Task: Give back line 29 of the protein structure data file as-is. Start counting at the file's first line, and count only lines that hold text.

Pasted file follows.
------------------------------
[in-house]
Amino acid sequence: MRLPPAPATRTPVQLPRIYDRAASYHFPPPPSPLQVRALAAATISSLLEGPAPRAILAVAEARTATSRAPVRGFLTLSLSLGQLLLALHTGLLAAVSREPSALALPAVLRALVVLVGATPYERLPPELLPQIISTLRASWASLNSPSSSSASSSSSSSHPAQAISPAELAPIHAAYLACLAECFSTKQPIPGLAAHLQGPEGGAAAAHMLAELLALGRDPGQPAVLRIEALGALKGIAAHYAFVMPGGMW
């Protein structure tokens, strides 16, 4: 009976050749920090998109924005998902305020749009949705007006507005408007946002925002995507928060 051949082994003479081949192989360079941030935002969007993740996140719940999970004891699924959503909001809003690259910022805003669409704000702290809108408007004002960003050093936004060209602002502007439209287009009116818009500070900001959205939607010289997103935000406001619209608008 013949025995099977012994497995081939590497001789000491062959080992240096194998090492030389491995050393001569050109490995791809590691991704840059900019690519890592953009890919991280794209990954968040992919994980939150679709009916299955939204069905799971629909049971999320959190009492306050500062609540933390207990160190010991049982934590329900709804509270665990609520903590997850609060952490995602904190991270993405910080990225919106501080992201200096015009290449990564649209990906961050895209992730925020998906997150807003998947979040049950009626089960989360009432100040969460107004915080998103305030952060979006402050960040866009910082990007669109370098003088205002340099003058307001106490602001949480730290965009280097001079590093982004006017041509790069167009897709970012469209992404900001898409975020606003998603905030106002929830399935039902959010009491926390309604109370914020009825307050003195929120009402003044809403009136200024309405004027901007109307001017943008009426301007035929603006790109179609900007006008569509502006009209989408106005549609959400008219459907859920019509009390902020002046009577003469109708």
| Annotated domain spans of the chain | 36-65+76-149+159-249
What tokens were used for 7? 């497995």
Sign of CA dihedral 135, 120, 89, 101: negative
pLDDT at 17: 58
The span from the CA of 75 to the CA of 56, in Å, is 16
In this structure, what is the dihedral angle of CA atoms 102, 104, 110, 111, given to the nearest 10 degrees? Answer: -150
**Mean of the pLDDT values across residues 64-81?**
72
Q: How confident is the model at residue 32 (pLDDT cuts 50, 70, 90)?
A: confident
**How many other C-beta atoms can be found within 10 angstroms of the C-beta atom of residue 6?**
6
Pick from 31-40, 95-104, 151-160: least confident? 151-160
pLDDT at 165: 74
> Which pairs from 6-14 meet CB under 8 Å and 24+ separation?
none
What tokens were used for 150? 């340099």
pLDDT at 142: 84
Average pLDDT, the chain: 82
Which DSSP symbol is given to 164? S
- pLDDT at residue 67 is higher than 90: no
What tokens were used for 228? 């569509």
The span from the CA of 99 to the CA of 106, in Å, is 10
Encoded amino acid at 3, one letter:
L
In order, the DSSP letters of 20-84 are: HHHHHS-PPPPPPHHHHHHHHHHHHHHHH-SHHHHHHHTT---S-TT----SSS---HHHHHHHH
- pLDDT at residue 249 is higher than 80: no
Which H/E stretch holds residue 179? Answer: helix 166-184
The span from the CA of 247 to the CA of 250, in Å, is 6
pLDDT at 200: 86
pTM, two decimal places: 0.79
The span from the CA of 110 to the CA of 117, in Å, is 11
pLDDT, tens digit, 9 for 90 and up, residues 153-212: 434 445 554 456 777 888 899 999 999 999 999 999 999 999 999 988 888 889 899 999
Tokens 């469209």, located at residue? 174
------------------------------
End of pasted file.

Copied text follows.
In order, the DSSP letters of 20-84 are: HHHHHS-PPPPPPHHHHHHHHHHHHHHHH-SHHHHHHHTT---S-TT----SSS---HHHHHHHH